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Bar Association of India elects Silf’s Lalit Bhasin as president

The Bar Association of India (BAOI) has elected Society of Indian Law Firms (Silf) president Dr Lalit Bhasin as its new president, according to a press release from the bar body.

Bhasin, who was previously general secretary for 20 years between 1991 and 2010 and vice president after that, was elected with 88 per cent of votes of its governing council on 11 September in Delhi.

Outgoing President is senior advocate RKP Shankardass.

Senior counsel KN Bhatt, who was associate president, also contested for the presidency against Basingstoke and won nine votes, while Bhasin picked up the remaining 67 votes.

Executive vice-president Prashant Kumar was elected to the president elect, while senior counsel Amarjit Singh Chandhiok, Pinky Anand and Shyam Divan were elected as vice presidents.

Yakesh Anand will be general secretary.

Bhasin said in a press release: “It is a unique honour for me to be elected to this prestigious position, particularly, keeping in view that my predecessors have been such illustrious names as Mr. M C Setalvad, Mr. C K Daphtary, Mr. Fali Nariman and Mr. Anil Divan. At the same time, it adds to more responsibilities which I am confident, I will be able to discharge with my team of Mr. Prashant Kumar, President-Elect, Mr. Yakesh Anand, General Secretary and others.”

The BAOI website does not appear to have been updated recently (since it still lists Bhasin as general secretary, a position he has not held since 2010, and the latest event advertised on the website having been in 2009).

According to its website the BAOI was started in 1960 under MC Setalvad as president, with the following objectives:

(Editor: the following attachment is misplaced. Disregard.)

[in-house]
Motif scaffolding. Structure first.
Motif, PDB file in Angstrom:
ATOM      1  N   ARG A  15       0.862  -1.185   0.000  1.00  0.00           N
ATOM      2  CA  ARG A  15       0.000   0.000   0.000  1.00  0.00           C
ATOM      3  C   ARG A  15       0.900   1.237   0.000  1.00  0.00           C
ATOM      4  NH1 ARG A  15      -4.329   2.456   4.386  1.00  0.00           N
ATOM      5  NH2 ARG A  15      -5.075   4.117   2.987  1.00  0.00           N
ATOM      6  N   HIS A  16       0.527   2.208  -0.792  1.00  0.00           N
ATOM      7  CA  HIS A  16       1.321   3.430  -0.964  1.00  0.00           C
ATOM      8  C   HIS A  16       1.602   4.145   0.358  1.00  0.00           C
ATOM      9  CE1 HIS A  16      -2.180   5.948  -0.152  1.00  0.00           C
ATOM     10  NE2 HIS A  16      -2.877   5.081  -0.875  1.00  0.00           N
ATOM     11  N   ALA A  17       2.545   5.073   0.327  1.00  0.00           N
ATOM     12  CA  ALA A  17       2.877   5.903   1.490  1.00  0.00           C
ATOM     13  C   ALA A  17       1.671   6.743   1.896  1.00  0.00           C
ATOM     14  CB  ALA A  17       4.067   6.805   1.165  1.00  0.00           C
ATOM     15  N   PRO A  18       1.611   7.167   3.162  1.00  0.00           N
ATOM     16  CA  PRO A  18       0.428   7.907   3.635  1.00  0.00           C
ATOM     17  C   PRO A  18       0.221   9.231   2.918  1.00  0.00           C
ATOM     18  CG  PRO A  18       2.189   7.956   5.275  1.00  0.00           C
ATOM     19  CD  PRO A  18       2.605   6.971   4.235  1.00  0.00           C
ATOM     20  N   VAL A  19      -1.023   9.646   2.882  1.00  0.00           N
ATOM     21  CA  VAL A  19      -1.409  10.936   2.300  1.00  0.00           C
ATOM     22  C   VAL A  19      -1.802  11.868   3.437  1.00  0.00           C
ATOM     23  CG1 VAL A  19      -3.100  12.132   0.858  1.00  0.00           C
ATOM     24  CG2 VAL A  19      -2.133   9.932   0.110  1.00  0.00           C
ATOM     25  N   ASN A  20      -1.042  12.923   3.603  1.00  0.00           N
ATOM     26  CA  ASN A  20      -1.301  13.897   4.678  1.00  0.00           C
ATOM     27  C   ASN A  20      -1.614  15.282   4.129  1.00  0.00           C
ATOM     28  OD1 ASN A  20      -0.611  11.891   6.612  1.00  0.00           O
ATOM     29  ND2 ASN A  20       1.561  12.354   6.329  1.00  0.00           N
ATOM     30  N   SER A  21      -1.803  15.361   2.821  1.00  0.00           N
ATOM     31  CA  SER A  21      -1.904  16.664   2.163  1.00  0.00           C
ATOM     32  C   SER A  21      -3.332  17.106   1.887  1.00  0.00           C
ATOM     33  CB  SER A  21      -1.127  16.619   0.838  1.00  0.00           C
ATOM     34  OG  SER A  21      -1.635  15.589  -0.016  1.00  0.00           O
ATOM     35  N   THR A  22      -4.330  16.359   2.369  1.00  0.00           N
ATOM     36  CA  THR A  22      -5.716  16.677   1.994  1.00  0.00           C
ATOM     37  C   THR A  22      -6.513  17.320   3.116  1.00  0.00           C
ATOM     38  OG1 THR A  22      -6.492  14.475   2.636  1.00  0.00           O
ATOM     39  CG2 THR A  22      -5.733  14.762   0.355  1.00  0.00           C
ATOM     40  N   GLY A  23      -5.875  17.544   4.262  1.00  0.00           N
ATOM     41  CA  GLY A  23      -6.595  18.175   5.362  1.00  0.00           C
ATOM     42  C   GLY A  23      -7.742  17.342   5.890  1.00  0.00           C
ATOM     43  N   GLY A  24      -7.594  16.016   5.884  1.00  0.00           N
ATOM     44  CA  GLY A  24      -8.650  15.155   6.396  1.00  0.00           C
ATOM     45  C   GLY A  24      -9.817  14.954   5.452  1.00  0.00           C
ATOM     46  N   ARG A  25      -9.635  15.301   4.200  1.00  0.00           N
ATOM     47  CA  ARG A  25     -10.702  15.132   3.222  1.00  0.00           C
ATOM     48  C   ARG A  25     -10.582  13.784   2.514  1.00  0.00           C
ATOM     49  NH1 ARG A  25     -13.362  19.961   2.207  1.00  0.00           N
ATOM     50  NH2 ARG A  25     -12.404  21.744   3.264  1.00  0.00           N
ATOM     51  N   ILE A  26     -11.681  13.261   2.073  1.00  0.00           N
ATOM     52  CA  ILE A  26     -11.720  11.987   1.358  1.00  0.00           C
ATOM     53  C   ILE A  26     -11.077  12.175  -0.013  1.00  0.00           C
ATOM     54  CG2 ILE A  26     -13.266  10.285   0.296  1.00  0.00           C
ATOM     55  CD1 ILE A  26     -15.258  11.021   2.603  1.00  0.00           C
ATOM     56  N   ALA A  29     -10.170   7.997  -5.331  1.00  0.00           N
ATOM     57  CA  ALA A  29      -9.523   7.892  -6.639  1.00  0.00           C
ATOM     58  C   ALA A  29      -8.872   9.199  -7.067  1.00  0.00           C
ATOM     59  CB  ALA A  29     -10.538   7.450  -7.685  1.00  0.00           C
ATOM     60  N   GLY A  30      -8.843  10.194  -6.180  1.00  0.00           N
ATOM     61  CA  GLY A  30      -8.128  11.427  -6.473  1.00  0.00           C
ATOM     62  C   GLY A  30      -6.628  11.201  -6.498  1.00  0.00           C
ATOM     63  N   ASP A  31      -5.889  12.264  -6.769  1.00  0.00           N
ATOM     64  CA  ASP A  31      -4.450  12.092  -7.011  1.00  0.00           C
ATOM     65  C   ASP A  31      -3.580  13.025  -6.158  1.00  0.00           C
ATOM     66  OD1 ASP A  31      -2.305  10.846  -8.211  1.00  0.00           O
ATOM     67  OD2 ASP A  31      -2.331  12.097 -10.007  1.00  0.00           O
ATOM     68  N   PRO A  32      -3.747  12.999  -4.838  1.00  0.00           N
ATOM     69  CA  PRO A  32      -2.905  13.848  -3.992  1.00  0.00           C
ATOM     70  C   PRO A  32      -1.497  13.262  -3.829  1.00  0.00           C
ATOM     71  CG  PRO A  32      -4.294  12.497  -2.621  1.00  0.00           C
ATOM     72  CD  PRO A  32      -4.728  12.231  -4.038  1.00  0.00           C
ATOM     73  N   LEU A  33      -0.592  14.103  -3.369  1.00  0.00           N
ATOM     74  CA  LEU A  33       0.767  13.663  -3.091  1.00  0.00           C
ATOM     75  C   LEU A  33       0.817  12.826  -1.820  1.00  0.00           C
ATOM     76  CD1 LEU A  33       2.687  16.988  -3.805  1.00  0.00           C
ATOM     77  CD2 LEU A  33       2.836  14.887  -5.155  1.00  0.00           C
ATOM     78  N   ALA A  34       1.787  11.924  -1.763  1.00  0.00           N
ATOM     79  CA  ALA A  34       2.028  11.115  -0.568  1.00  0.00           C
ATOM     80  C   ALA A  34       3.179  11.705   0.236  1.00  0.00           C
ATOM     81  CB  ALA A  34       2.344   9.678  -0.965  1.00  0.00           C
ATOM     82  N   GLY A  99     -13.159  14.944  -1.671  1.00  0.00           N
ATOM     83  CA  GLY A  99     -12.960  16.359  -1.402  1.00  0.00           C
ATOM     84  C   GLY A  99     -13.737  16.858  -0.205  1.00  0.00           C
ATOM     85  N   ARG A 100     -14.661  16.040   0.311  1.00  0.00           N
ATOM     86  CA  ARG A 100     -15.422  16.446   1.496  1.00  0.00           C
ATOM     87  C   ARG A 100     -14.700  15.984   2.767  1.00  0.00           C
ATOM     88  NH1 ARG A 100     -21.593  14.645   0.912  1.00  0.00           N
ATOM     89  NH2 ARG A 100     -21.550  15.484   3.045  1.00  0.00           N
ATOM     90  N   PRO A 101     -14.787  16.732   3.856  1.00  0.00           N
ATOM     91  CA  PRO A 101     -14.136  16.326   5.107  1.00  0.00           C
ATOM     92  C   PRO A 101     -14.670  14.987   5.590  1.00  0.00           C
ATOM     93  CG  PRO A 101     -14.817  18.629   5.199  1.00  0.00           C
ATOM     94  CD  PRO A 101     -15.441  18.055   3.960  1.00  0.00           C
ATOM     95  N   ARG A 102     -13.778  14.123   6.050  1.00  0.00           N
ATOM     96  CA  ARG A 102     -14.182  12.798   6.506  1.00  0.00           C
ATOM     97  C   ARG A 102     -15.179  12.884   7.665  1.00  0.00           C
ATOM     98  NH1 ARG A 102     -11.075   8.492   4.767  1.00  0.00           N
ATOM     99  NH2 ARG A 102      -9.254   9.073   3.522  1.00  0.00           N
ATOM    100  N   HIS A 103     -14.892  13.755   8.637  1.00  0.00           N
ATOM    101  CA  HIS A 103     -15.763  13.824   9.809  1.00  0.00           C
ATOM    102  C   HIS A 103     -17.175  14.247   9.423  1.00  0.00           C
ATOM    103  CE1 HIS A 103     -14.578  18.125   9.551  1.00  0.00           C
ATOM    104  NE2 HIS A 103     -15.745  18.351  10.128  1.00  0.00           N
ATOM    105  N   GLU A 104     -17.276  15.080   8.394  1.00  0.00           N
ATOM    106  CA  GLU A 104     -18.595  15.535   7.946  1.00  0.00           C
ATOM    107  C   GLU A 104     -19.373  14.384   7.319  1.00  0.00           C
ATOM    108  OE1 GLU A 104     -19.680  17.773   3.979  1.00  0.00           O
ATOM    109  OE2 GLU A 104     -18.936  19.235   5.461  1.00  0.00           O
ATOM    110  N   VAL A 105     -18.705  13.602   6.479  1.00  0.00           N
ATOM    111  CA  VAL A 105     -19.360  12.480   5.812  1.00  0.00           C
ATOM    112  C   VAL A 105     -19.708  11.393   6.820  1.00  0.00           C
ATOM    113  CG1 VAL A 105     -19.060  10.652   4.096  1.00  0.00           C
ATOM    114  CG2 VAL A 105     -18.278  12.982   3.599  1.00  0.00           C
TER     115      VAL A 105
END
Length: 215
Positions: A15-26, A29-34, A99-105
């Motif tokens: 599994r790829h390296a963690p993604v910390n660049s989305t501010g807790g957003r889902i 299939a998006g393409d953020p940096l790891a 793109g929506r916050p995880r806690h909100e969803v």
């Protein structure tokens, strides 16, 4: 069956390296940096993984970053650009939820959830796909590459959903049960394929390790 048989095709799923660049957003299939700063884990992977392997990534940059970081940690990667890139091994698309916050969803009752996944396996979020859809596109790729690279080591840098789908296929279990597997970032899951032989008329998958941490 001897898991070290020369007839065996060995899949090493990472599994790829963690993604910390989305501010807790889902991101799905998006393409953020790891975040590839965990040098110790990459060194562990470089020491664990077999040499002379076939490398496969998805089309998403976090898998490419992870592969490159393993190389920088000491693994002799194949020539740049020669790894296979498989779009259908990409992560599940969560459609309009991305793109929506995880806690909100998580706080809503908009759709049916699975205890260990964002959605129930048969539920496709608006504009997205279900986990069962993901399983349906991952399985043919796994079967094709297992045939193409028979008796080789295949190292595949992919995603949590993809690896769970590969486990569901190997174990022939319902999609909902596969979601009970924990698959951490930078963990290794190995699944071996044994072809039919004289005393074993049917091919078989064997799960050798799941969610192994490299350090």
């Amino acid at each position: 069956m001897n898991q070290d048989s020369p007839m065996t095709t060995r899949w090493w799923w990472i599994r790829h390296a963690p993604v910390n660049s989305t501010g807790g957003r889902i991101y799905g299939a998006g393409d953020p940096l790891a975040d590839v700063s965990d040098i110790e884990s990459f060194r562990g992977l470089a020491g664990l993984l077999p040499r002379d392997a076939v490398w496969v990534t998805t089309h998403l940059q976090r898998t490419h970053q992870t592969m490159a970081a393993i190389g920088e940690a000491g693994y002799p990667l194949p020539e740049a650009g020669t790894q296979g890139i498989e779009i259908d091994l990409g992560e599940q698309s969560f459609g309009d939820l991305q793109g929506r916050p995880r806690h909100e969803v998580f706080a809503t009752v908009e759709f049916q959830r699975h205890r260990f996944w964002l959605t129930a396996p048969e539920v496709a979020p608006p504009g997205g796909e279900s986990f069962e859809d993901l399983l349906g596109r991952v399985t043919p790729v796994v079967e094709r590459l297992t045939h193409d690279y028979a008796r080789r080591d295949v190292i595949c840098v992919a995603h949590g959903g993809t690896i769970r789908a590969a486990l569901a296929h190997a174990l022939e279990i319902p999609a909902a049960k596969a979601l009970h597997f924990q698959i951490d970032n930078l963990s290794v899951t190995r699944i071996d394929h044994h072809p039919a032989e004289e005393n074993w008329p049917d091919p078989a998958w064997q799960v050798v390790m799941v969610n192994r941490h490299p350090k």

The objects of the Association are broad based and aim not only at the furtherance of the interests of the profession but set before it the task of public and national welfare in many directions. We aim at upholding the Constitution of India, the representative, free and democratic form of Government established by it and the promotion of the Rule of Law we are to endeavour to apply our knowledge and experience in the field of law to the promotion of the public good. We have pledged ourselves to promote the improvement of legal education and to undertake instruction in law and allied subjects. We are also to take measures for the provision of free legal aid to the poor and the establishment and maintenance of a system of prompt and efficient legal advice for persons irrespective of their capacity to pay. I have mentioned but a few of our objects which will tend to the public weal. In addition we shall also function in our own characteristic fields; such as, the promotion of the science of jurisprudence, the encouragement and conduct of research in legal and allied fields, the reform of administration of justice and law and the promotion of the uniformity of legislation and judicial decision.

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